“Due to growing IDR-plan popularity, improving [the Education Department’s] estimation approach is especially important,” the report says, according to WSJ. “Until that happens, IDR-plan budget estimates will remain in question, and Congress’ ability to make informed decisions may be affected.”
So, good news for borrowers — unexpectedly expensive news for taxpayers.
But the world is full of unexpected costs — just ask the team at CAN Capital.
Try To Branch Out — End Up Doing Some Executive Pruning
CAN Capital, the small business online lender, has announced that its CEO is on a leave of absence.
Dan DeMeo has been put on a leave of absence, and Parris Sanz, CAN’s chief legal officer, will be filling in the role in the interim CEO. Ritesh Gupta, previously the chief customer operations officer, was promoted to chief operating officer.
The overhaul of the management ranks was prompted by an attempted expansion into a product that didn’t quite go according to plan. Starting in 2010, CAN Capital began offering term loans that required borrowers to make payments daily, irrespective of whether they made sales that day. The collection mechanism used for daily payments didn’t perform properly and didn’t take enough.
“As the board and our leadership team conducted our business reviews and looked at how we can best position the firm for future growth, we self-identified that some assets were not performing as expected and that there was a need for process improvements in collections,” the company said in a statement to American Banker.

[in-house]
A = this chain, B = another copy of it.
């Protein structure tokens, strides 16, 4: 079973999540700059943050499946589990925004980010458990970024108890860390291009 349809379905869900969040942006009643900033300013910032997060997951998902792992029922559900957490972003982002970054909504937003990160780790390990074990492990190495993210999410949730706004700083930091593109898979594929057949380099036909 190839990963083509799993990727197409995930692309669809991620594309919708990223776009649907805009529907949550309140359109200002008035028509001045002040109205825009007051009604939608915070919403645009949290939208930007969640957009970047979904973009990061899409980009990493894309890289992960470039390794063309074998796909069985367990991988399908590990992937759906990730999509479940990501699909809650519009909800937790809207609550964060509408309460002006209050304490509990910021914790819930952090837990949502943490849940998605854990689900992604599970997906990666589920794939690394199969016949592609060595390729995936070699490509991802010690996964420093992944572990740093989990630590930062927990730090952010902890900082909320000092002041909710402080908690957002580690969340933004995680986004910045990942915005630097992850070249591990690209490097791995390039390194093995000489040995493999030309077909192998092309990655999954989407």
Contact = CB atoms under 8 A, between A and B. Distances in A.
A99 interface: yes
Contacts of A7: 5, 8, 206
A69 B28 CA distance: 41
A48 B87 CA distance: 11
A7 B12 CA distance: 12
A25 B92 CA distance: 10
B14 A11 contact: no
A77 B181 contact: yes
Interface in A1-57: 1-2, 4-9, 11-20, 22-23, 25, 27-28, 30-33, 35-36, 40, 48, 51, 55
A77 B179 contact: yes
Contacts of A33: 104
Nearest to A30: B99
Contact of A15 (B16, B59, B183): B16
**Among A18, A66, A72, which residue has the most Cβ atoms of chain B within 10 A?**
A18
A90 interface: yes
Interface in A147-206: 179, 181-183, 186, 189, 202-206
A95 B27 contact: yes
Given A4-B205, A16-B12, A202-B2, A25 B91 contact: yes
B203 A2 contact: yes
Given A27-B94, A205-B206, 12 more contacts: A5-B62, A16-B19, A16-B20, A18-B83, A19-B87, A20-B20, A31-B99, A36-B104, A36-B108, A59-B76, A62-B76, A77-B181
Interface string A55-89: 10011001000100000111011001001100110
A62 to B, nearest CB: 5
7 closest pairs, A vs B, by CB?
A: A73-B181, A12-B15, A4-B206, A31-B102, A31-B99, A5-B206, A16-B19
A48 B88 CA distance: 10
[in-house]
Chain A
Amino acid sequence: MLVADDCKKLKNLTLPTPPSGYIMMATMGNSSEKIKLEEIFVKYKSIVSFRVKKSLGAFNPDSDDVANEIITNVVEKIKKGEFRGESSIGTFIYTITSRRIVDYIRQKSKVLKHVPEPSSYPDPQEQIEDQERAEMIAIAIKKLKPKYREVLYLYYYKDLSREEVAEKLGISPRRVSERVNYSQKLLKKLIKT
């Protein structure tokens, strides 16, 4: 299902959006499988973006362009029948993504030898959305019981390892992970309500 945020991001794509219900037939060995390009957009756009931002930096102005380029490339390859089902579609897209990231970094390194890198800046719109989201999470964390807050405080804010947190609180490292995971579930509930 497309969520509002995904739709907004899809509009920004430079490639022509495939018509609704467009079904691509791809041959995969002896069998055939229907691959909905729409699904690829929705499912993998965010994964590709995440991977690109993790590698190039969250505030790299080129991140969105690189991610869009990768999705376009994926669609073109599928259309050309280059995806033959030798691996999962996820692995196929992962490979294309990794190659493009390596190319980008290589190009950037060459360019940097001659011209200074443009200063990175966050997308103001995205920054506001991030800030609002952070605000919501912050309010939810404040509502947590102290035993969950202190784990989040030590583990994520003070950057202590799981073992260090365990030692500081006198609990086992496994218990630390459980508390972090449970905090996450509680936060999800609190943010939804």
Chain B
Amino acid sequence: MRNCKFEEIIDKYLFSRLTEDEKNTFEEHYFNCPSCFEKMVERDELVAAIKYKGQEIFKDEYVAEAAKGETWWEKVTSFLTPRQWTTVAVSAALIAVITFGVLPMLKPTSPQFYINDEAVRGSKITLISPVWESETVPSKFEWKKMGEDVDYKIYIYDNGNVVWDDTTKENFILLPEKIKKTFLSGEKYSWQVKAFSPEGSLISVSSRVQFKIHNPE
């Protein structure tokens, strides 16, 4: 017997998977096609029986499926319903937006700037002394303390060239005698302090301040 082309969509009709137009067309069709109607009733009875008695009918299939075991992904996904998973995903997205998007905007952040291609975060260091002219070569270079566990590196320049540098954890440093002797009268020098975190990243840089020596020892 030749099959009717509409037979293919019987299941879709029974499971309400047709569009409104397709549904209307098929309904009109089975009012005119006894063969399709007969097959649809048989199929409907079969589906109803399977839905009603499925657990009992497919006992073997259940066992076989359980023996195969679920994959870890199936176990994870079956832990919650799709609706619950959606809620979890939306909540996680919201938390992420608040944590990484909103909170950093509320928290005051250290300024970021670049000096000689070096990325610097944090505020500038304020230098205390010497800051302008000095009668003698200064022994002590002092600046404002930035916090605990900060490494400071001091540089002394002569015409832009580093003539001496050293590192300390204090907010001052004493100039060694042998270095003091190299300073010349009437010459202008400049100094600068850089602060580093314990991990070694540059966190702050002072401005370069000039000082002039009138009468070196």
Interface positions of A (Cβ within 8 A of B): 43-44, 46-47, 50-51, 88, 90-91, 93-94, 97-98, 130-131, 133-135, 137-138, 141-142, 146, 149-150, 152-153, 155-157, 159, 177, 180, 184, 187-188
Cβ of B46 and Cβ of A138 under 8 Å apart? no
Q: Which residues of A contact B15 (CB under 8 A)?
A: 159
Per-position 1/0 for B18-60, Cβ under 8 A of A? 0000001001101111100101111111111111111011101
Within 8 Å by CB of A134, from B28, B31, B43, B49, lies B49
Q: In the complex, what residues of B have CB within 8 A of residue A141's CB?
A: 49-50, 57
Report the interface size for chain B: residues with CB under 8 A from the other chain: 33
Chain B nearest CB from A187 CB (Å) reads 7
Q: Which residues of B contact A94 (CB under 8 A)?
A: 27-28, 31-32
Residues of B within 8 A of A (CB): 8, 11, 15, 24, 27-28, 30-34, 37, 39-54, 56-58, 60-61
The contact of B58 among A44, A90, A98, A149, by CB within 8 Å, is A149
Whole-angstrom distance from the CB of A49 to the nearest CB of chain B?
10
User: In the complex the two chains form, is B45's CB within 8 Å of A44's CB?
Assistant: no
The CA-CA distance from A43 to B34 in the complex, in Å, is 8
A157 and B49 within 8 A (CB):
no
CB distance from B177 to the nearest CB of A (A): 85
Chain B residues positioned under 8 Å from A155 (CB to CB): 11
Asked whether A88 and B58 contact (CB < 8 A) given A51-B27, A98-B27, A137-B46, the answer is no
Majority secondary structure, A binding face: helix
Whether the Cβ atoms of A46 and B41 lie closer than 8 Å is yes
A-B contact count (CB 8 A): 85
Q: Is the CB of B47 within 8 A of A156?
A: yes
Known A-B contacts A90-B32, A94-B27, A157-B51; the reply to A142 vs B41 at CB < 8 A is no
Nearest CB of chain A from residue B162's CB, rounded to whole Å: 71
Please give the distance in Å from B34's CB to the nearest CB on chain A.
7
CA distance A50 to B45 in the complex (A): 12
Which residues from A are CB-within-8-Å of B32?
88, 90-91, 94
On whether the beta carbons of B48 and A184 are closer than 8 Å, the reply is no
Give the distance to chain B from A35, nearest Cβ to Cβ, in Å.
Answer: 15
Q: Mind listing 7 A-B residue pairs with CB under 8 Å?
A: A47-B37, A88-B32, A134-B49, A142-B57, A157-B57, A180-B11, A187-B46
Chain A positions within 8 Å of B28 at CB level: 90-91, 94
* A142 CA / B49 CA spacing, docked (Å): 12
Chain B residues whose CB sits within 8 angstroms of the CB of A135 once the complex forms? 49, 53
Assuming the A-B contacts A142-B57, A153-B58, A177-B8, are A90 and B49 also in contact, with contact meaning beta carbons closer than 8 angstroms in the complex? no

CAN also said in its statement to the Financial times that its business has “grown and evolved faster” than some of its “internal processes.”
The shakeup at the online lender comes just a few months after it announced a big milestone: providing small businesses with access to more than $6 billion of working capital. The company said at the time it helped over 70,000 small business owners open new locations, purchase inventory, buy equipment and a myriad of other endeavors with the funding it facilitated.
CAN will reportedly also be laying off on lending — at least until the end of the year, for now focusing on servicing existing customers. The platform expects to resume growth in originations next year.
So what did we learn this week?
Things don’t ever quite go according to plan — whether one is trying to do the right thing, like give student borrowers a break — or the wrong thing, like hold the San Francisco transportation system hostage for bitcoin.
The important thing is to keep your eyes open for all the consequences — intended and not.
See you next week.